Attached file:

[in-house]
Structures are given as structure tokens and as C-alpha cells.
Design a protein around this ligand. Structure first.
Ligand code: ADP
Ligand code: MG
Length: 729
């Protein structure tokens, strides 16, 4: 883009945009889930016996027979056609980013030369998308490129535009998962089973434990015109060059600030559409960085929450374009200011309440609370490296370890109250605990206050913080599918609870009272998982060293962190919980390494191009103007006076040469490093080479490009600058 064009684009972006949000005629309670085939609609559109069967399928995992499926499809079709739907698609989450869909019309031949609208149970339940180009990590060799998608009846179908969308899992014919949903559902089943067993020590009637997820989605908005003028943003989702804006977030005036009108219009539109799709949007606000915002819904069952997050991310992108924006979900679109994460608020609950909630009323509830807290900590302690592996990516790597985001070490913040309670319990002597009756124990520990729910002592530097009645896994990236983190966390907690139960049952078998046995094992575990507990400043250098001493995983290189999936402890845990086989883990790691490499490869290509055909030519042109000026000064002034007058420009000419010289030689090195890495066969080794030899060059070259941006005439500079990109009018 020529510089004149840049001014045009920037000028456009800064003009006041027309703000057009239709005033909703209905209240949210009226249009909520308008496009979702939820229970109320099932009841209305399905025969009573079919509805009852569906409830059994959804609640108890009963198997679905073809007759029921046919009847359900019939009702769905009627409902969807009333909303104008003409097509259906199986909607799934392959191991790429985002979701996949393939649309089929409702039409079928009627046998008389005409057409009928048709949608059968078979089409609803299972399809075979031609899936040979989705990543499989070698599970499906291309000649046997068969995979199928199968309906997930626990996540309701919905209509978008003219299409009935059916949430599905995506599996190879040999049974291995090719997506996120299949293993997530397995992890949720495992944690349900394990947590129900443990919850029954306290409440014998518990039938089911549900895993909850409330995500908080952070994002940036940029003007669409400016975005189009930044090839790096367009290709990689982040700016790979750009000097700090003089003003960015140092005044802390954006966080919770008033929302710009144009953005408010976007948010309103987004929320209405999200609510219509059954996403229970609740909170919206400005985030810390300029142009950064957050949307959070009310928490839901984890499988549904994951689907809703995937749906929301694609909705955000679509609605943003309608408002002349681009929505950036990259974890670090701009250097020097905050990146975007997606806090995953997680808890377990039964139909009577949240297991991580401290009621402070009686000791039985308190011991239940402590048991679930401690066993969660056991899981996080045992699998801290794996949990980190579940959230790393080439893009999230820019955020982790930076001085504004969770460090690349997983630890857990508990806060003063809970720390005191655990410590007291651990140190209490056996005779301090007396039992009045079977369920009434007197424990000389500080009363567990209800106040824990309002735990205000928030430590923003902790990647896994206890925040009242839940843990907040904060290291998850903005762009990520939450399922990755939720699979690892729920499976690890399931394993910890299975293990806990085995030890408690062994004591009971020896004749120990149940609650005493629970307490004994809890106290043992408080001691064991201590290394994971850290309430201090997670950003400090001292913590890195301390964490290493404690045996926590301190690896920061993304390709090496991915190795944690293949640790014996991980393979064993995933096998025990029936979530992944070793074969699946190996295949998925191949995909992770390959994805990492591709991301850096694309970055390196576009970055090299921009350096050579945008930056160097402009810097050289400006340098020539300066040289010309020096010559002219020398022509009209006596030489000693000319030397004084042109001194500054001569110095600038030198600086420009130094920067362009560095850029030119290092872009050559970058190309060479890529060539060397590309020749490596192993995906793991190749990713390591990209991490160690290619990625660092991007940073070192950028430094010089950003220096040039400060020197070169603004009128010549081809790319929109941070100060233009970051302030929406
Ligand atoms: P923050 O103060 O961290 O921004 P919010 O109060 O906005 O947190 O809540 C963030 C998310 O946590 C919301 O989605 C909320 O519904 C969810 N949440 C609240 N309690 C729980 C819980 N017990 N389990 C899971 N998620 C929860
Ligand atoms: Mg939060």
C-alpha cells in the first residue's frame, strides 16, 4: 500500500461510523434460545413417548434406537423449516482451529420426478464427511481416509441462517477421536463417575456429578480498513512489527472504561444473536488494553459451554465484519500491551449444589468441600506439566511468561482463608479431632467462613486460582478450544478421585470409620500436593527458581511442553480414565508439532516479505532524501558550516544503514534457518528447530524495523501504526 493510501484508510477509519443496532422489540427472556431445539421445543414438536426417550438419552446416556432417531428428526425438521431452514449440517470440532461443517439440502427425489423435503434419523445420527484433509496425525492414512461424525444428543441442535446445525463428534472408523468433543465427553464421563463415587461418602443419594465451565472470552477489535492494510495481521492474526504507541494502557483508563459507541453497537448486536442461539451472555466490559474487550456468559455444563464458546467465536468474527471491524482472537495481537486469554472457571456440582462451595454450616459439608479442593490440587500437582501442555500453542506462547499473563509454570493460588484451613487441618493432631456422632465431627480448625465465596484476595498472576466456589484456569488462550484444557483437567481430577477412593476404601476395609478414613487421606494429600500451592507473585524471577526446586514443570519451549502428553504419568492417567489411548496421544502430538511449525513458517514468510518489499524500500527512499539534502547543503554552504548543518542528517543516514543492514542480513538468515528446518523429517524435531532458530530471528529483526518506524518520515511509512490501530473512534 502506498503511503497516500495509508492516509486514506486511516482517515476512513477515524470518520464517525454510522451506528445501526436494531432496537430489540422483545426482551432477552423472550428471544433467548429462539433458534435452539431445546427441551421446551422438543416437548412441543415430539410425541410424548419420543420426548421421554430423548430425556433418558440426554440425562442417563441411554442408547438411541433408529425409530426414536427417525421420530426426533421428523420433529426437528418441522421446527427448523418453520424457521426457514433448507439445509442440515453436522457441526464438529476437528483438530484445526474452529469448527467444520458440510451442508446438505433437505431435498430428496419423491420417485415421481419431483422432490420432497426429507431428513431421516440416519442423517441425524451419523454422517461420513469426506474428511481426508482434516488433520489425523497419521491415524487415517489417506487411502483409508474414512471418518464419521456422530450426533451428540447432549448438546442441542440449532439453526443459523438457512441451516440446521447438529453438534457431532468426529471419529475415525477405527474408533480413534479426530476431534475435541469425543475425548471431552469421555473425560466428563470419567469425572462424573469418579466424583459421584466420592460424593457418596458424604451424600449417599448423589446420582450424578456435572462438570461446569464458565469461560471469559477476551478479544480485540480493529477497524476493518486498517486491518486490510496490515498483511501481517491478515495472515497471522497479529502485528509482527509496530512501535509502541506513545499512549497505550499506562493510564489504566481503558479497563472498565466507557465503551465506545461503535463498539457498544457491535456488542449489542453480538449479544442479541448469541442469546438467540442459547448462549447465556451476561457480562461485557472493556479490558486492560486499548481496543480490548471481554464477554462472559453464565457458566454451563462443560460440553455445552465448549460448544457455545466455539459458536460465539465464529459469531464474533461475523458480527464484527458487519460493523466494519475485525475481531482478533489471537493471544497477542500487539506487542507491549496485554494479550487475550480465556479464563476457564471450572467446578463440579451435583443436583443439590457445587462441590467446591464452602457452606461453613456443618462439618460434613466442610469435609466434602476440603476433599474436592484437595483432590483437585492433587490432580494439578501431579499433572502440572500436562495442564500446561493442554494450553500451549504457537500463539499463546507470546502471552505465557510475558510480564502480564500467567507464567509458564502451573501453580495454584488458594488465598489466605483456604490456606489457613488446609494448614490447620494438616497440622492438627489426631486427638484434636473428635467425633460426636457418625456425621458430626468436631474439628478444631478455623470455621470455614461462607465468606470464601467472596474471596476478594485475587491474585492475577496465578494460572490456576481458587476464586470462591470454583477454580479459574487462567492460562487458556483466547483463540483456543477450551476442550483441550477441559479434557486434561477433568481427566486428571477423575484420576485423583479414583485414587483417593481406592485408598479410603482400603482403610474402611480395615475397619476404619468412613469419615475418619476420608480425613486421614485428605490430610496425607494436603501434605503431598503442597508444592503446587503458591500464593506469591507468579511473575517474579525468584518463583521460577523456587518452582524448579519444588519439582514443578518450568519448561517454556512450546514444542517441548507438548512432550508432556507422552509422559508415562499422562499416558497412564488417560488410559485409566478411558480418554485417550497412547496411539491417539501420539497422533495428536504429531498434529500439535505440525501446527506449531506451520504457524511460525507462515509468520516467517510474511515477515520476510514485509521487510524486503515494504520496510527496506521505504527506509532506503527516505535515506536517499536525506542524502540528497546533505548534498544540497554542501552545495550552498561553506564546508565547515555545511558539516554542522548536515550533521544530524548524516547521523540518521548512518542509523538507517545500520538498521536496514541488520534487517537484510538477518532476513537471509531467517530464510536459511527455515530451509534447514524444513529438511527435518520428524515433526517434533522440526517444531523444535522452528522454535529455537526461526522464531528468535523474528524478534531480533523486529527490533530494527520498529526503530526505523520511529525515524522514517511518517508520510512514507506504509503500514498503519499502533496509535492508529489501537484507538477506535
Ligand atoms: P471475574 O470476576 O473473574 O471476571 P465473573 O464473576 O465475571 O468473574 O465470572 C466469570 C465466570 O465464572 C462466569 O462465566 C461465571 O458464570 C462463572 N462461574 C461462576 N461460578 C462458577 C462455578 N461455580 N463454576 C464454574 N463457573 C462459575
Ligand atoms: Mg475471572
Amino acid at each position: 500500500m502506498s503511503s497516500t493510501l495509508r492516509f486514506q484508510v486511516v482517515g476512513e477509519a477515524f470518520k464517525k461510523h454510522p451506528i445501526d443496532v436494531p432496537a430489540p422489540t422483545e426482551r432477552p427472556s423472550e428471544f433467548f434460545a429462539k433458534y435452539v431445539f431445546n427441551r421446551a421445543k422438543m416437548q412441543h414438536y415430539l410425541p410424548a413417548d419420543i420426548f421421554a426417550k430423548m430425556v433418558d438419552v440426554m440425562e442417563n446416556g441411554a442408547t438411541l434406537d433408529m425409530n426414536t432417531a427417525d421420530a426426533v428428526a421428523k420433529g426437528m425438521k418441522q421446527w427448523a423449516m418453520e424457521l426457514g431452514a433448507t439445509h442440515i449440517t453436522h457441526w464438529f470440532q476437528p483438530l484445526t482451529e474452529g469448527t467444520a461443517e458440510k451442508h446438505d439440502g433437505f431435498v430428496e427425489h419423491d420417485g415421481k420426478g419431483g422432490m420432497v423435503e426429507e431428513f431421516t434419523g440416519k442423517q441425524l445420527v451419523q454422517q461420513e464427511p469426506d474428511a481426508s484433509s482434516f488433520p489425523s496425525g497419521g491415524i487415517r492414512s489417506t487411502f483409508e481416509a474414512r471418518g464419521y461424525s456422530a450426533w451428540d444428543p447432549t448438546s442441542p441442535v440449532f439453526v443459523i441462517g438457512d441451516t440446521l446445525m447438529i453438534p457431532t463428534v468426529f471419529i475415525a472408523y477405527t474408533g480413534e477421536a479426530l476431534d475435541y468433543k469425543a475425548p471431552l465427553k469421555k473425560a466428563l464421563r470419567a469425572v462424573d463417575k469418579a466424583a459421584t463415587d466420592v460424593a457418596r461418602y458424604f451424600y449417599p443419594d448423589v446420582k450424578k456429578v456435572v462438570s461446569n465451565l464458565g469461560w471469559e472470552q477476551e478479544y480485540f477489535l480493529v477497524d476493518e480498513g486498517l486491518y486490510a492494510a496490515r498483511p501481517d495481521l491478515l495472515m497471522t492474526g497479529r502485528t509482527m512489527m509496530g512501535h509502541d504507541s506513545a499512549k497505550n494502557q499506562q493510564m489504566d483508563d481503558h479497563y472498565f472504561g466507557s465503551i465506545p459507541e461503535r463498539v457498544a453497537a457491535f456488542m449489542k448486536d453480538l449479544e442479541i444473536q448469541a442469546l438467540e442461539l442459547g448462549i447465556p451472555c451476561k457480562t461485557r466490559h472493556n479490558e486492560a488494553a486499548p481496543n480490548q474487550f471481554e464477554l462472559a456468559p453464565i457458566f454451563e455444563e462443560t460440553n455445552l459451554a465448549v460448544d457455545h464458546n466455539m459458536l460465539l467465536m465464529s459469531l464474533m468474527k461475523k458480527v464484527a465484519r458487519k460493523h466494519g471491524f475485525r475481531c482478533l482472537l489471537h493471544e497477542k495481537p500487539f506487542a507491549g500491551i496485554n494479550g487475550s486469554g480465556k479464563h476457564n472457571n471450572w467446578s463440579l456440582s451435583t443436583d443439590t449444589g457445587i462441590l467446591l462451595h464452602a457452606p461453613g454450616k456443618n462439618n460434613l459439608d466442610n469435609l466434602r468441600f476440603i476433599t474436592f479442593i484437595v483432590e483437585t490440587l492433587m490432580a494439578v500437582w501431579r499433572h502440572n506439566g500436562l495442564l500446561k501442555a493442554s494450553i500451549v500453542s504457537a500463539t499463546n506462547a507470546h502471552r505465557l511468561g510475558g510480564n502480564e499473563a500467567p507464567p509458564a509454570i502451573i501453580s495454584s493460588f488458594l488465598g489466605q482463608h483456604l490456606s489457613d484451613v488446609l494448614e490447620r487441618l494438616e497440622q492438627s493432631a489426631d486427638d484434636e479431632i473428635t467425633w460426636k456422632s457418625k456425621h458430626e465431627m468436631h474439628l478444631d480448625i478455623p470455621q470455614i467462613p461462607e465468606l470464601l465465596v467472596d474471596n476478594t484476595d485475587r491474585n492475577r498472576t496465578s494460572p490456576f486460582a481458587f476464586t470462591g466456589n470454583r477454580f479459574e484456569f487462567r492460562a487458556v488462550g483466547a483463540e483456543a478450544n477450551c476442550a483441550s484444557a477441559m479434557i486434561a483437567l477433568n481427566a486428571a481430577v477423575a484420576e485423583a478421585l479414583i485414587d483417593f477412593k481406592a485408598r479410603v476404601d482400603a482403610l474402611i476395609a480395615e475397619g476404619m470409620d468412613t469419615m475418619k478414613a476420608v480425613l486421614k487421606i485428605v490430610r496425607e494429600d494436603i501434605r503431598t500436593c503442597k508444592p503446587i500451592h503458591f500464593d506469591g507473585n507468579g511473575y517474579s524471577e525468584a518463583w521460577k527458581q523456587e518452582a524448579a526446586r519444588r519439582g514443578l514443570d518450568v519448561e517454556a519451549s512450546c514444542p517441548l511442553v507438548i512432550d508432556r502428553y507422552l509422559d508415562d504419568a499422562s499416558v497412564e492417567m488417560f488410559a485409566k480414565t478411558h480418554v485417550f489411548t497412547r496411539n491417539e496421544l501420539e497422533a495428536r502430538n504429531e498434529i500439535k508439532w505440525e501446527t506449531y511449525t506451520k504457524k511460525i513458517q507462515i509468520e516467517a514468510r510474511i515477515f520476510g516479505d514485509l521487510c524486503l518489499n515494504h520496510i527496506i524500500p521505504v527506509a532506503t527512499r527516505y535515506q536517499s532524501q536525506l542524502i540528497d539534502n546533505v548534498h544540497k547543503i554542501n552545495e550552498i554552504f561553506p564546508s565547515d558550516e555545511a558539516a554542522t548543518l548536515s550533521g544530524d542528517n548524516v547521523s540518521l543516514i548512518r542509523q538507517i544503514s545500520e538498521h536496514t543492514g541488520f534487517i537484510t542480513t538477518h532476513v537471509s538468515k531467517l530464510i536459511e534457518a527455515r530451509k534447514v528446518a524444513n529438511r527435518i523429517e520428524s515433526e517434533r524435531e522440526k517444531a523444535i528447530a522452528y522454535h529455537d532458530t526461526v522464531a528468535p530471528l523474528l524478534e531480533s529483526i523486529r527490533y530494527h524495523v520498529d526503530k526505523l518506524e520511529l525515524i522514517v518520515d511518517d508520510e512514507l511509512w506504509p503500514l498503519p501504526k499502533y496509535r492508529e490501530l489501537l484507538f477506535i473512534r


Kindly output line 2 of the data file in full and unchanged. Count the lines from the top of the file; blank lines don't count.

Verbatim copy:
Structures are given as structure tokens and as C-alpha cells.